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Learning Hiragana and Katakana

Background - an ancient volumetric Japanese re...

The second Japanese class on Edufire ended today and Eri had a lot of fun teaching it. Thank all of those who attended. I hope you enjoyed the classes and learned some new Japanese.

Eri has posted a couple new classes as well. One for those wanting to learn to read and write Japanese (hiragana and katakana) and another class for practicing conversational speaking (this class is limited in size so if you are interested I recommend you sign up soon). You can find the classes here:

Japanese classes

For those serious about learning Japanese, learning hiragana and katakana as fast as possible is very important to not only reading Japanese, but for pronouncing it correctly as well. The sooner you get away from the English alphabet the better.

In the class, Eri will be showing you the correct way to pronounce the characters and how to write them. The class will be recorded, so those attending can watch it over and over again for review.

If you already know how to write and read the characters, then you are ready to sign up for the conversational class and start speaking Japanese.

Japanese classes

Imasu and Arimasu

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japanese words arimasu

Japanese has two words for “to exist”. Unlike English, which uses different words depending on whether the object is singular or plural, Japanese uses different words depending on whether or not the object is alive . います (imasu) is used when discussing plants and animals (including humans) and あります (arimasu) is used for basically every object that isn’t alive. あります(arimasu) can also hold the meaning of “I have”.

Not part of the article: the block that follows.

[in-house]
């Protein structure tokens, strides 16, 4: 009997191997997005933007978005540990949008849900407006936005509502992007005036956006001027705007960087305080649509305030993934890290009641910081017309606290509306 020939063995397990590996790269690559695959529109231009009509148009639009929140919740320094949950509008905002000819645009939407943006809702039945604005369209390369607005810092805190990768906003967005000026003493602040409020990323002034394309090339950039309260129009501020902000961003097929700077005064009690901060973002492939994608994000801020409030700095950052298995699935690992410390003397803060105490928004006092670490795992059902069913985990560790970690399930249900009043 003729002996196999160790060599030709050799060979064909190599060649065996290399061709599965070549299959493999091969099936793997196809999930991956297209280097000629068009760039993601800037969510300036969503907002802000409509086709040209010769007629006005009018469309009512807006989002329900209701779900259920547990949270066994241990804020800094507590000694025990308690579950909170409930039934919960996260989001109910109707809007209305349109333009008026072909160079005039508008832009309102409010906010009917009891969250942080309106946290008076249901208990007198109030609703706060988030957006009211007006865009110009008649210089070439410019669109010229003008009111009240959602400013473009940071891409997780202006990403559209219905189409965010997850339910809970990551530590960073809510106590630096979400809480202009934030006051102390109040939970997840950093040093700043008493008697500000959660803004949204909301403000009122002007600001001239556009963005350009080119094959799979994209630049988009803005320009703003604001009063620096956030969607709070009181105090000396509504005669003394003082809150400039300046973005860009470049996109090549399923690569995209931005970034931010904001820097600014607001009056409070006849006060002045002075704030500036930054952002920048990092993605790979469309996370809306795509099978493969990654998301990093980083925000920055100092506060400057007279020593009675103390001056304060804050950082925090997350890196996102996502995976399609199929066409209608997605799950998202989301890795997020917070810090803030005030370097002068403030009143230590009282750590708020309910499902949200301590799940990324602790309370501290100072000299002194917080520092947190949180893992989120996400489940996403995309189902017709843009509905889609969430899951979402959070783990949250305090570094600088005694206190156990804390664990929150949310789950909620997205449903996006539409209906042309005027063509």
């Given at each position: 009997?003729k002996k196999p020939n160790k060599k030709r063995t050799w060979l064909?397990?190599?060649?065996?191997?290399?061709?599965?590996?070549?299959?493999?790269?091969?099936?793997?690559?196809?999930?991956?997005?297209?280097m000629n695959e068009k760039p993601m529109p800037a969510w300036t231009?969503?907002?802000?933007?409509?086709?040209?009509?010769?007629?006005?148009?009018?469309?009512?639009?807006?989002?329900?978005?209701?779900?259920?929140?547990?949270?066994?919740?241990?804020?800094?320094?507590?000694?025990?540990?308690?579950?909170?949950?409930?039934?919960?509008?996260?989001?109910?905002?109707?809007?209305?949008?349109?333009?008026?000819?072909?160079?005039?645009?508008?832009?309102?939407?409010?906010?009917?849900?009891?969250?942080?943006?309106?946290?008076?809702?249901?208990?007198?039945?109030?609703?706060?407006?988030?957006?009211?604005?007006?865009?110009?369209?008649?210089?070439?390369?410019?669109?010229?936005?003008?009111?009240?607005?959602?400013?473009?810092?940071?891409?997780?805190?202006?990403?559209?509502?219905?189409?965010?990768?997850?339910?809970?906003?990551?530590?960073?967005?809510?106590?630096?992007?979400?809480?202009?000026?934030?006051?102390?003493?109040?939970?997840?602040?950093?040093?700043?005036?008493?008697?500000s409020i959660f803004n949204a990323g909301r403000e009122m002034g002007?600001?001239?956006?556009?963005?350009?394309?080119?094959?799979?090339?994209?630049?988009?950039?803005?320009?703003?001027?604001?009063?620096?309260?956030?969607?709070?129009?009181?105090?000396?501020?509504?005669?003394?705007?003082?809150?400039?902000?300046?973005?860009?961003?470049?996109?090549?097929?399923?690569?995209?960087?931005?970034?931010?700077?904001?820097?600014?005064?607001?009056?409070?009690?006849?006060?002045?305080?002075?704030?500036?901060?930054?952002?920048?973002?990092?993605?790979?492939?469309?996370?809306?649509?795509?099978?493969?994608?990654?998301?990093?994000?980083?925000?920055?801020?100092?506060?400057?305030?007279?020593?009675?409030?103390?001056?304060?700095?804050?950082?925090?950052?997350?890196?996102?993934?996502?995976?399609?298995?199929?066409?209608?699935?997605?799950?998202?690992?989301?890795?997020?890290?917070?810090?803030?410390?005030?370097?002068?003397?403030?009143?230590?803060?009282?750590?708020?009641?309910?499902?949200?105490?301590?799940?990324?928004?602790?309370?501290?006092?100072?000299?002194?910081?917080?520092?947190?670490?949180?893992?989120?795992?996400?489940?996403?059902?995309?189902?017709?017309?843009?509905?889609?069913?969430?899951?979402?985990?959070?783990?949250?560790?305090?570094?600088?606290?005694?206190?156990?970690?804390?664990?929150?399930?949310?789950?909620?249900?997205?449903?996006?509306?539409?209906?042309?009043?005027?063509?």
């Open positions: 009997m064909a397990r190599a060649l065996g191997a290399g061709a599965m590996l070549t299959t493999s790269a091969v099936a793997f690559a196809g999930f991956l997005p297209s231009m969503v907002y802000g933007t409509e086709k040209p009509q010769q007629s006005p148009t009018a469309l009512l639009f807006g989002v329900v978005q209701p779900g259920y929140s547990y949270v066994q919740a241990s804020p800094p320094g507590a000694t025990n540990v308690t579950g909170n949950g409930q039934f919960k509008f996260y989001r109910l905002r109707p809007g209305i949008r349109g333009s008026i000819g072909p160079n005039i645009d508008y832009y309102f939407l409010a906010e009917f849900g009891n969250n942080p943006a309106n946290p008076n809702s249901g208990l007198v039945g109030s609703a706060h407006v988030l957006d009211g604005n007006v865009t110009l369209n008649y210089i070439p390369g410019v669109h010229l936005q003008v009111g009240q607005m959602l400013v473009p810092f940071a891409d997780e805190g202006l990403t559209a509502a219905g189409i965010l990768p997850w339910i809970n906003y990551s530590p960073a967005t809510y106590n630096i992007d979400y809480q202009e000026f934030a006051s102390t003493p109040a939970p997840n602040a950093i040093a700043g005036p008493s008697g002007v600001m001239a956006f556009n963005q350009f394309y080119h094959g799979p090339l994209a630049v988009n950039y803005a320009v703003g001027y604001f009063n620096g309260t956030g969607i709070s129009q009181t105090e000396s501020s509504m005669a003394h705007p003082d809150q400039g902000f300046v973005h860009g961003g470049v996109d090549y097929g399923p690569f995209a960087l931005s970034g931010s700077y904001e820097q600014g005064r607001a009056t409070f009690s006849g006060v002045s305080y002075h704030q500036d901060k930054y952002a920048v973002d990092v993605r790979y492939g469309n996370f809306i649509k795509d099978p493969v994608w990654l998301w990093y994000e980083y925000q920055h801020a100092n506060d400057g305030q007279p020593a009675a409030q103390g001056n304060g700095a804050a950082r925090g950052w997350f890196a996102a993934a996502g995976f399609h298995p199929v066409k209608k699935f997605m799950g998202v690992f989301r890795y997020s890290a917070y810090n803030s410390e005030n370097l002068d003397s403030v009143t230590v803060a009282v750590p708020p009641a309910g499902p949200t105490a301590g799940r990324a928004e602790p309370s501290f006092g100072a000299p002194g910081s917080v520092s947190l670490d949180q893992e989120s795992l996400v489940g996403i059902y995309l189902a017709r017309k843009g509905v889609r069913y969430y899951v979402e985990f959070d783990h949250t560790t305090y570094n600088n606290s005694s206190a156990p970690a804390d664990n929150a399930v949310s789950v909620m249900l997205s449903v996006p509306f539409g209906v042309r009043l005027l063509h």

Inu ga imasu.

There is a dog


Kuruma ga arimasu.

There is a car.

It can be confusing when you first  start using these words, but it gets much easier with practice. If you are having trouble remembering which one is which then I suggest that you come up with some kind of relation in your mind. For instance, “I”masu is used for things that are “I”kiteru (the Japanese word for alive or breathing). This should help you from getting them confused.

Is It Hard To Learn Japanese?


It depends. Probably not the answer that you were hoping for, but bare with me for a second. It depends on whether you want to learn to speak Japanese or if you also want to learn to read and write. If you want to speak Japanese (which is the case for most people) then it is actually much easier than most people think.

The reason for this is that there are fewer possible sounds and more “solid” rules than English. Japan has a total of 5 vowels and 13 consonants, compared to English’s 12 vowels and 24 consonants. It’s true that some of the Japanese sounds are not in the English language and and can be difficult for native English speakers to pronounce. Compared to English however, pronunciations of consonants in Japanese don’t change. So while some of the sounds in the Japanese language might be difficult to pronounce, they never change.

Compared to English where there are many exceptions to grammatical rules,  Japanese grammar has very few exceptions. Verb conjugations are also very structured with few exceptions. So basically, Japanese is pretty straight forward once you learn the rules.

The one place where Japanese is more difficult than English is in the number of words used. According to a recent article in the Japan Times Online, it takes about 10,000 Japanese words to comprise 90% of all sentences in modern Japanese magazines. This is quite a bit higher compared to English which requires about 3,000 words.

But don’t panic quite yet, these statistics are a little bit misleading. First, many of the the words in modern day Japanese magazines are actually foreign words, with the biggest chunk of those coming from the English language. So with out learning any words at all you already have a decent Japanese vocabulary. Second, there are far fewer words used in common everyday speech. So if your goal is to to speak Japanese fluently, you are looking at a much smaller list of words.

If you want to read and write Japanese then the slope is a little steeper. Japanese has three distinct alphabets with the largest containing over 2,000 complex characters used in common writing. There are also various readings of the character depending on whether the word origin is Japanese or Chinese.